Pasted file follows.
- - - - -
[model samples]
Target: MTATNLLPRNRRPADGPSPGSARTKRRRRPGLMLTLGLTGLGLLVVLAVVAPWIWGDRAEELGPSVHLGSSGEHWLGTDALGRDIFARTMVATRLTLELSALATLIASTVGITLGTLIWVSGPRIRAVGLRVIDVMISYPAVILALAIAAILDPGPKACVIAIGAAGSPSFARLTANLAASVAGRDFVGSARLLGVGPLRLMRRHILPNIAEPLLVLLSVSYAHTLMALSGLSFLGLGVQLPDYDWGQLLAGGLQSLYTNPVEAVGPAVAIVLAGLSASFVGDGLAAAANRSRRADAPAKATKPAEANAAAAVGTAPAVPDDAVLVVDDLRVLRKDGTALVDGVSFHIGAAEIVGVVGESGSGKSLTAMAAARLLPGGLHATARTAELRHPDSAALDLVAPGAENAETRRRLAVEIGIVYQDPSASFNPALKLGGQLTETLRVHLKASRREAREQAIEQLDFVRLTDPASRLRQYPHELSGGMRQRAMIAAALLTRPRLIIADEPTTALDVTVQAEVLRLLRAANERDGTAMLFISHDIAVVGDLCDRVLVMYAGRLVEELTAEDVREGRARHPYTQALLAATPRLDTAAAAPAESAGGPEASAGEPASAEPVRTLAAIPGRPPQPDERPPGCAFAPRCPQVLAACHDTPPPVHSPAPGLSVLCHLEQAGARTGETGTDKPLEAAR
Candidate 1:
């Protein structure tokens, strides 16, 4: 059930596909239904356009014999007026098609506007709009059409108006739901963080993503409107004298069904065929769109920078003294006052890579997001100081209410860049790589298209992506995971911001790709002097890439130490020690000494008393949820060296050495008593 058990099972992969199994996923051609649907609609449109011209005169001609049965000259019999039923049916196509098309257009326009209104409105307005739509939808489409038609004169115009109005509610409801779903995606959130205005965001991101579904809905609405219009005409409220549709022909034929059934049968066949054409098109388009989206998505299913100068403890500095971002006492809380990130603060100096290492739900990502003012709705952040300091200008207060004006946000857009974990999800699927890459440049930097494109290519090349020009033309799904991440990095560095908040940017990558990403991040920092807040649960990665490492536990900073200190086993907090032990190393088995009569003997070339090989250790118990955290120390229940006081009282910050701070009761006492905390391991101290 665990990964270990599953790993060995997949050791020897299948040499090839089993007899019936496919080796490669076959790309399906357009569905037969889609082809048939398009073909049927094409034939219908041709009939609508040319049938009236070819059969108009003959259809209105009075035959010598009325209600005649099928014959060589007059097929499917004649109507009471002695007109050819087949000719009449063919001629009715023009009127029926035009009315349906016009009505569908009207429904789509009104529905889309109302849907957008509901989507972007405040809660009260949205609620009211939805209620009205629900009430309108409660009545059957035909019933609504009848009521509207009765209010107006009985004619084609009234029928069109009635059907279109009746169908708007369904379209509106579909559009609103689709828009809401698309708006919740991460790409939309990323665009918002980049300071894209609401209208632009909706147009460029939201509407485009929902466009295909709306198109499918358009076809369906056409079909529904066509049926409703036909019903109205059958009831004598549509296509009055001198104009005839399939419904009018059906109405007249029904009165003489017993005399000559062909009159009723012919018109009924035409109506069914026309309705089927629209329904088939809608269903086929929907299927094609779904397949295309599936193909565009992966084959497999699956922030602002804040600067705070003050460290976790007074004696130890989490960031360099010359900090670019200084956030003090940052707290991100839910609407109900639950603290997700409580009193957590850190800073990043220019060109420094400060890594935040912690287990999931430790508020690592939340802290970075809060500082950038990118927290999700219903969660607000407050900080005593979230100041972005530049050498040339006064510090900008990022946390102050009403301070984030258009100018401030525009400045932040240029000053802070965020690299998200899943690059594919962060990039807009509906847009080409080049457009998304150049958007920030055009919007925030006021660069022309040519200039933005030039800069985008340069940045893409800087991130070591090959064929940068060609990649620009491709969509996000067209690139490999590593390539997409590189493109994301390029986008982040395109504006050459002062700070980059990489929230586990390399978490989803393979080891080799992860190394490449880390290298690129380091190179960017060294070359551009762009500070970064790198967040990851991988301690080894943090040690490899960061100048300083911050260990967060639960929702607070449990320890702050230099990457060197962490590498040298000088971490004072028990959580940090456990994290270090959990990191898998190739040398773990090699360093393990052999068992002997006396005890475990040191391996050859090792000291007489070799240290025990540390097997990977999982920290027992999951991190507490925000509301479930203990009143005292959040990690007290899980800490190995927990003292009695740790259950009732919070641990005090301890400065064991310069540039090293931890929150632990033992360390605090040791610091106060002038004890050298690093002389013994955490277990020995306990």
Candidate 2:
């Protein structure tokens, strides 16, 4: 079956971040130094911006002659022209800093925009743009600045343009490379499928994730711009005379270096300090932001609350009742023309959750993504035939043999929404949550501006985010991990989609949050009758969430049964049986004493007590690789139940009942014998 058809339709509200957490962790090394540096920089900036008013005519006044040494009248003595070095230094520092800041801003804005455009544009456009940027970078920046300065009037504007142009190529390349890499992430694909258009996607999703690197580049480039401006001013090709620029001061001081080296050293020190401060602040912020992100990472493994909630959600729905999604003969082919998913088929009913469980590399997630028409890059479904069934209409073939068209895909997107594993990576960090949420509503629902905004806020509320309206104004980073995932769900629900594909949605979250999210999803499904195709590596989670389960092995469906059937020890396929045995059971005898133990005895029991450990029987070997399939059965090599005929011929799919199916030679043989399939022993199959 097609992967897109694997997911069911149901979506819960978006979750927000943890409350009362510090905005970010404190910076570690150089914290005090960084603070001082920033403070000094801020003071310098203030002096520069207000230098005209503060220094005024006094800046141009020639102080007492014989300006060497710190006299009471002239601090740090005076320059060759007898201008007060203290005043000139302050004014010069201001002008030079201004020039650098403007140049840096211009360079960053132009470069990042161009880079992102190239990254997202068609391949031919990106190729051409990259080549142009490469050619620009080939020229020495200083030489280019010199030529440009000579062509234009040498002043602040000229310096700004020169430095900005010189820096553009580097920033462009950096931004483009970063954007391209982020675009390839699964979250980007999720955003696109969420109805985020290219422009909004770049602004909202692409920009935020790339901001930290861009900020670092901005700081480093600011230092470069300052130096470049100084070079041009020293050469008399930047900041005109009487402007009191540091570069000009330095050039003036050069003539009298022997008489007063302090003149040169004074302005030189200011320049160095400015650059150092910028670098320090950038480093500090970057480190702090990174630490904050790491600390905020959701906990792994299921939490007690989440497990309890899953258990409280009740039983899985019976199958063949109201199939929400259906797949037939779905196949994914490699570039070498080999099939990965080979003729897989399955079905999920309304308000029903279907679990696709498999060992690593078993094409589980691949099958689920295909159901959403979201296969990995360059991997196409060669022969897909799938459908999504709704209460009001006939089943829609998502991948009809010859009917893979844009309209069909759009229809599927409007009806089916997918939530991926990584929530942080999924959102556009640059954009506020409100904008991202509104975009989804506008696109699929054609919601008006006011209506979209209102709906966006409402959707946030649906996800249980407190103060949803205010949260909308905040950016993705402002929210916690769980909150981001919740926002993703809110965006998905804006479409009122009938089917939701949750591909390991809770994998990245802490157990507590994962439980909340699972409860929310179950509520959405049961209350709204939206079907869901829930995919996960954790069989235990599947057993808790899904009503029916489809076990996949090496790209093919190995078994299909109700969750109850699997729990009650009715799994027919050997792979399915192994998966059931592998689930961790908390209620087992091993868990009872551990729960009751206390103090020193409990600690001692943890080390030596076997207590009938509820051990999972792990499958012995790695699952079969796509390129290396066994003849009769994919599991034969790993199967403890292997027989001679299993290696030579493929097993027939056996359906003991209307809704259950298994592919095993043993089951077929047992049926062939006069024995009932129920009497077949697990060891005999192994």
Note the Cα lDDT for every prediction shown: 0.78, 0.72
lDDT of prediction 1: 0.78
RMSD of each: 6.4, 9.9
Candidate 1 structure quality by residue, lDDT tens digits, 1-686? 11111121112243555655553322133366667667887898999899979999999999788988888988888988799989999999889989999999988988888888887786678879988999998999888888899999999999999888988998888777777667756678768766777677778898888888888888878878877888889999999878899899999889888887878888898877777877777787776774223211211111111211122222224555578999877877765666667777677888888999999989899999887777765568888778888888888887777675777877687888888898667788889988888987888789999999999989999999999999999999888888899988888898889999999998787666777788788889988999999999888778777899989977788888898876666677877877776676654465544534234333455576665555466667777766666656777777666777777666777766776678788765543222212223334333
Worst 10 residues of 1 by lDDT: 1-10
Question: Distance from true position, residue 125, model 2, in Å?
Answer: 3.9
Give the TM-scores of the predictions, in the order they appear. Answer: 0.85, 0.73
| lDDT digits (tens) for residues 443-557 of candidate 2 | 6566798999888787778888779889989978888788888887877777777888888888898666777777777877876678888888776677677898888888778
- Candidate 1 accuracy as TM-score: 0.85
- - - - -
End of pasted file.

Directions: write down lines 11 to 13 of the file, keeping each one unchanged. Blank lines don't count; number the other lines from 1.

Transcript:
Worst 10 residues of 1 by lDDT: 1-10
Question: Distance from true position, residue 125, model 2, in Å?
Answer: 3.9